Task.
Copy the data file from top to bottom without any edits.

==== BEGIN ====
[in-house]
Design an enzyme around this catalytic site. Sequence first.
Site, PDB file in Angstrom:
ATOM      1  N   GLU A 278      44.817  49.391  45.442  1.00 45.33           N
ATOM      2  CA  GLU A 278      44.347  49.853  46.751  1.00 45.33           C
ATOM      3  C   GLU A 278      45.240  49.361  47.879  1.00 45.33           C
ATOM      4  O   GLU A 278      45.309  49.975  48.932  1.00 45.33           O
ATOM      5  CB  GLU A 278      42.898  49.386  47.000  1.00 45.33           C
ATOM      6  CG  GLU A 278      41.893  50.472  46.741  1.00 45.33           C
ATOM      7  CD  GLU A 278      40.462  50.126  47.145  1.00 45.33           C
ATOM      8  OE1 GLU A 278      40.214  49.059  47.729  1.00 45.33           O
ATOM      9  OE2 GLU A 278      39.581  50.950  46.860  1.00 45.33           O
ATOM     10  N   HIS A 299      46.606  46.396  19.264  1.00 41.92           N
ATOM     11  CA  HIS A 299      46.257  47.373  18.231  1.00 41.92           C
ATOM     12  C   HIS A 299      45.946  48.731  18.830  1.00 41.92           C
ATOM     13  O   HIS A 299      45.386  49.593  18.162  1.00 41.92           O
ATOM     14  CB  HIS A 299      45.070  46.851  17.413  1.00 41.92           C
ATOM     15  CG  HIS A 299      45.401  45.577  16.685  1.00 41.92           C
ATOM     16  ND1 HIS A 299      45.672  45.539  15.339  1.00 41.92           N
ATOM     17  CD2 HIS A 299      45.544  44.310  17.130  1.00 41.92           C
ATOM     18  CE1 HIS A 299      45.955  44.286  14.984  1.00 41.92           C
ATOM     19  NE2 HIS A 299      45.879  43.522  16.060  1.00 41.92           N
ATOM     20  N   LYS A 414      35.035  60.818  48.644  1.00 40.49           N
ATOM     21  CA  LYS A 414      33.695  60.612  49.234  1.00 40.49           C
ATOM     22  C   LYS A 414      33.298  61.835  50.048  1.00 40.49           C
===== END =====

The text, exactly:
[in-house]
Design an enzyme around this catalytic site. Sequence first.
Site, PDB file in Angstrom:
ATOM      1  N   GLU A 278      44.817  49.391  45.442  1.00 45.33           N
ATOM      2  CA  GLU A 278      44.347  49.853  46.751  1.00 45.33           C
ATOM      3  C   GLU A 278      45.240  49.361  47.879  1.00 45.33           C
ATOM      4  O   GLU A 278      45.309  49.975  48.932  1.00 45.33           O
ATOM      5  CB  GLU A 278      42.898  49.386  47.000  1.00 45.33           C
ATOM      6  CG  GLU A 278      41.893  50.472  46.741  1.00 45.33           C
ATOM      7  CD  GLU A 278      40.462  50.126  47.145  1.00 45.33           C
ATOM      8  OE1 GLU A 278      40.214  49.059  47.729  1.00 45.33           O
ATOM      9  OE2 GLU A 278      39.581  50.950  46.860  1.00 45.33           O
ATOM     10  N   HIS A 299      46.606  46.396  19.264  1.00 41.92           N
ATOM     11  CA  HIS A 299      46.257  47.373  18.231  1.00 41.92           C
ATOM     12  C   HIS A 299      45.946  48.731  18.830  1.00 41.92           C
ATOM     13  O   HIS A 299      45.386  49.593  18.162  1.00 41.92           O
ATOM     14  CB  HIS A 299      45.070  46.851  17.413  1.00 41.92           C
ATOM     15  CG  HIS A 299      45.401  45.577  16.685  1.00 41.92           C
ATOM     16  ND1 HIS A 299      45.672  45.539  15.339  1.00 41.92           N
ATOM     17  CD2 HIS A 299      45.544  44.310  17.130  1.00 41.92           C
ATOM     18  CE1 HIS A 299      45.955  44.286  14.984  1.00 41.92           C
ATOM     19  NE2 HIS A 299      45.879  43.522  16.060  1.00 41.92           N
ATOM     20  N   LYS A 414      35.035  60.818  48.644  1.00 40.49           N
ATOM     21  CA  LYS A 414      33.695  60.612  49.234  1.00 40.49           C
ATOM     22  C   LYS A 414      33.298  61.835  50.048  1.00 40.49           C